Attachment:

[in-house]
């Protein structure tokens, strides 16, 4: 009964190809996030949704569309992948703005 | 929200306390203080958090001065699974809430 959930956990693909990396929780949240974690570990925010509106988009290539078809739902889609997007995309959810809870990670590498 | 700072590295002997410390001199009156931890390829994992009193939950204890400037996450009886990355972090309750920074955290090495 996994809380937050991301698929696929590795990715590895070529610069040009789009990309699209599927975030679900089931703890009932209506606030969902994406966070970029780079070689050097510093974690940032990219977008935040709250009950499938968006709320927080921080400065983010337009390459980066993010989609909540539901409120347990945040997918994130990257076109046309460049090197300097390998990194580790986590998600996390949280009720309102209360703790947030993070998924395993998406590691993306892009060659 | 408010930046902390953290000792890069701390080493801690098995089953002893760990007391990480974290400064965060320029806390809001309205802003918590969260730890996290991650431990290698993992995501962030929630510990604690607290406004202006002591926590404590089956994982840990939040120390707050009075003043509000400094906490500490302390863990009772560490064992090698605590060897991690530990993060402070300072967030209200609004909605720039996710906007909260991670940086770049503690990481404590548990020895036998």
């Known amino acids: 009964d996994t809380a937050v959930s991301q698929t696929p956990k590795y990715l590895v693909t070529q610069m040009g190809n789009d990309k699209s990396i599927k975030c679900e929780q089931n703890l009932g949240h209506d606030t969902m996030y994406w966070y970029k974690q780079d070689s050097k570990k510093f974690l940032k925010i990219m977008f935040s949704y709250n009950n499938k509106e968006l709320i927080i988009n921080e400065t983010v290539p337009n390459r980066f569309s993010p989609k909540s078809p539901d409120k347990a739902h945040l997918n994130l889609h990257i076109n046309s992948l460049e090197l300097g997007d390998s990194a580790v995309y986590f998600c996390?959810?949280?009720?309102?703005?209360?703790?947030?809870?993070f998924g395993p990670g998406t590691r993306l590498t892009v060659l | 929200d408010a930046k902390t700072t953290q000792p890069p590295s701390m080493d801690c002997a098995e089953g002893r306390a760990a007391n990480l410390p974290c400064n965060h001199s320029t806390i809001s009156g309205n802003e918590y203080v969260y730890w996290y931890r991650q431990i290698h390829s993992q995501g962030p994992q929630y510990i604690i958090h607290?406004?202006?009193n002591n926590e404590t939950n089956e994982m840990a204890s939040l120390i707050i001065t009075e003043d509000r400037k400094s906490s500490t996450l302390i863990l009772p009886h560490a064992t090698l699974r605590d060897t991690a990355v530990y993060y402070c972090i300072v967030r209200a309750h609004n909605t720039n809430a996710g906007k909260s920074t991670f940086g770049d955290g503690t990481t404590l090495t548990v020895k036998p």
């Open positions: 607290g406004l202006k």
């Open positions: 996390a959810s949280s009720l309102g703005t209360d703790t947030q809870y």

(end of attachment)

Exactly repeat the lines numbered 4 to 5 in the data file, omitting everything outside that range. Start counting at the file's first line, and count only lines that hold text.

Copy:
């Open positions: 607290g406004l202006k």
């Open positions: 996390a959810s949280s009720l309102g703005t209360d703790t947030q809870y």